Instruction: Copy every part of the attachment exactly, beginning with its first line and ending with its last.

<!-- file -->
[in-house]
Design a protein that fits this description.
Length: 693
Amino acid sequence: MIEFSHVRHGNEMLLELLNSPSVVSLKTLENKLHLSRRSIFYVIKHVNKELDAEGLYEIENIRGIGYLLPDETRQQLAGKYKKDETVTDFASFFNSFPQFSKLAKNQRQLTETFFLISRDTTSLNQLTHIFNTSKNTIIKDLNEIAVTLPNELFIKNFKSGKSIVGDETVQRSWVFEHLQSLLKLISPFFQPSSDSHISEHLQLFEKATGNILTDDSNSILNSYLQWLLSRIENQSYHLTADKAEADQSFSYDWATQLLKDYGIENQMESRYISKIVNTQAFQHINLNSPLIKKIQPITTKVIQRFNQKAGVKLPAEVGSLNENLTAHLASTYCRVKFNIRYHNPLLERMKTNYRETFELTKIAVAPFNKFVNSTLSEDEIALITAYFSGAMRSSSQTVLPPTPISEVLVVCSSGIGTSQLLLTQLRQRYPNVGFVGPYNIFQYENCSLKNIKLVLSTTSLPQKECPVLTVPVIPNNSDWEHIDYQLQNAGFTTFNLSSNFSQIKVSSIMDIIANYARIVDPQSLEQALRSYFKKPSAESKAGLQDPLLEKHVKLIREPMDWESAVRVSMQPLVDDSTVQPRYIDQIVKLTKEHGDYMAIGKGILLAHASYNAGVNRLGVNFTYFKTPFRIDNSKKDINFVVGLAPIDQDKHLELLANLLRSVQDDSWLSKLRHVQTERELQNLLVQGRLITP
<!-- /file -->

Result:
[in-house]
Design a protein that fits this description.
Length: 693
Amino acid sequence: MIEFSHVRHGNEMLLELLNSPSVVSLKTLENKLHLSRRSIFYVIKHVNKELDAEGLYEIENIRGIGYLLPDETRQQLAGKYKKDETVTDFASFFNSFPQFSKLAKNQRQLTETFFLISRDTTSLNQLTHIFNTSKNTIIKDLNEIAVTLPNELFIKNFKSGKSIVGDETVQRSWVFEHLQSLLKLISPFFQPSSDSHISEHLQLFEKATGNILTDDSNSILNSYLQWLLSRIENQSYHLTADKAEADQSFSYDWATQLLKDYGIENQMESRYISKIVNTQAFQHINLNSPLIKKIQPITTKVIQRFNQKAGVKLPAEVGSLNENLTAHLASTYCRVKFNIRYHNPLLERMKTNYRETFELTKIAVAPFNKFVNSTLSEDEIALITAYFSGAMRSSSQTVLPPTPISEVLVVCSSGIGTSQLLLTQLRQRYPNVGFVGPYNIFQYENCSLKNIKLVLSTTSLPQKECPVLTVPVIPNNSDWEHIDYQLQNAGFTTFNLSSNFSQIKVSSIMDIIANYARIVDPQSLEQALRSYFKKPSAESKAGLQDPLLEKHVKLIREPMDWESAVRVSMQPLVDDSTVQPRYIDQIVKLTKEHGDYMAIGKGILLAHASYNAGVNRLGVNFTYFKTPFRIDNSKKDINFVVGLAPIDQDKHLELLANLLRSVQDDSWLSKLRHVQTERELQNLLVQGRLITP